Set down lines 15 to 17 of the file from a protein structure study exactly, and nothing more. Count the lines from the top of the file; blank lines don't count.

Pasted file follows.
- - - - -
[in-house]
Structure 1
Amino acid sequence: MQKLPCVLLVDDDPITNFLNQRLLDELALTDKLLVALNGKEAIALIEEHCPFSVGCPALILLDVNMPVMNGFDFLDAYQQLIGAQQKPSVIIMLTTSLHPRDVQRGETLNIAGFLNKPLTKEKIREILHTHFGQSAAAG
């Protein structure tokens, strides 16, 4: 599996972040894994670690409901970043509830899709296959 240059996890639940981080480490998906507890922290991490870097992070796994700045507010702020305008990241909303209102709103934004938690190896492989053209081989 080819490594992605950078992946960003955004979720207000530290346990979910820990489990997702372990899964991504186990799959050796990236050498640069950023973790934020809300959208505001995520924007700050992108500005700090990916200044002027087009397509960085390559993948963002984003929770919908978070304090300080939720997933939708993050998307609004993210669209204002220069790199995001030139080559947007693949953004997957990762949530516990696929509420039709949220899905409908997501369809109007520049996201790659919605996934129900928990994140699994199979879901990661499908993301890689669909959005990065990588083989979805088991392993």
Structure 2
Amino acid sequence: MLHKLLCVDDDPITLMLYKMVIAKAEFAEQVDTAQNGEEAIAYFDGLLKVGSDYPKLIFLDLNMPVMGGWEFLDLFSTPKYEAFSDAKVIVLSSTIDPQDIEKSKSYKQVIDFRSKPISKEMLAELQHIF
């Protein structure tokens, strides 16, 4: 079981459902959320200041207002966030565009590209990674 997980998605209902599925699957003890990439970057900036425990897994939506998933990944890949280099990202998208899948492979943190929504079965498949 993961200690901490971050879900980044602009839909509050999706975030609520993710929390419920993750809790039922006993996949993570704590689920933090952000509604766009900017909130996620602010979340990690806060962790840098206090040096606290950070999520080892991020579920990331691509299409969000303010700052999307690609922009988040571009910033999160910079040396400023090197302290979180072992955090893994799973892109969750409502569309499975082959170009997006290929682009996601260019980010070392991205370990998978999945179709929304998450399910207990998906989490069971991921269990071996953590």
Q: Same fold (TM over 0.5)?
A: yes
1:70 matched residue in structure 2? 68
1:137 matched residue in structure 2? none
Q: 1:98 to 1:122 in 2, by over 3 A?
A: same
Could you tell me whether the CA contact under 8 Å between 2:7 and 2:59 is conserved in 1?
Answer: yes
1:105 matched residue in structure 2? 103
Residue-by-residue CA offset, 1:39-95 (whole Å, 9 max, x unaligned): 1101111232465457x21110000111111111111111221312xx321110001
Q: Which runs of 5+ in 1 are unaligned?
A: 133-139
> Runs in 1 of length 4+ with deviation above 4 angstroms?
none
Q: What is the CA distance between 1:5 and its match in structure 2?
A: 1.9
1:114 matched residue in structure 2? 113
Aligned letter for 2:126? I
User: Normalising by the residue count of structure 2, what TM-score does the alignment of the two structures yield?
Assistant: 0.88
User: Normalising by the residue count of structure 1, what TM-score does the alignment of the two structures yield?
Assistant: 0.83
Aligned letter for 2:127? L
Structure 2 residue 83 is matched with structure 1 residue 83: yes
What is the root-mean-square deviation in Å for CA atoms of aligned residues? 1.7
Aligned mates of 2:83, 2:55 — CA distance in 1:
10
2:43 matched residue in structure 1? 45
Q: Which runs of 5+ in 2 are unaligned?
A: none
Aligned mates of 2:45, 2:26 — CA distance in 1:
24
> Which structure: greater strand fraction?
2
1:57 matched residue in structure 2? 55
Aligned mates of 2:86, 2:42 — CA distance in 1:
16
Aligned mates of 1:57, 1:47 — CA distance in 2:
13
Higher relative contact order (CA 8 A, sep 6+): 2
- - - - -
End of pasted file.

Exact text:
Answer: yes
1:105 matched residue in structure 2? 103
Residue-by-residue CA offset, 1:39-95 (whole Å, 9 max, x unaligned): 1101111232465457x21110000111111111111111221312xx321110001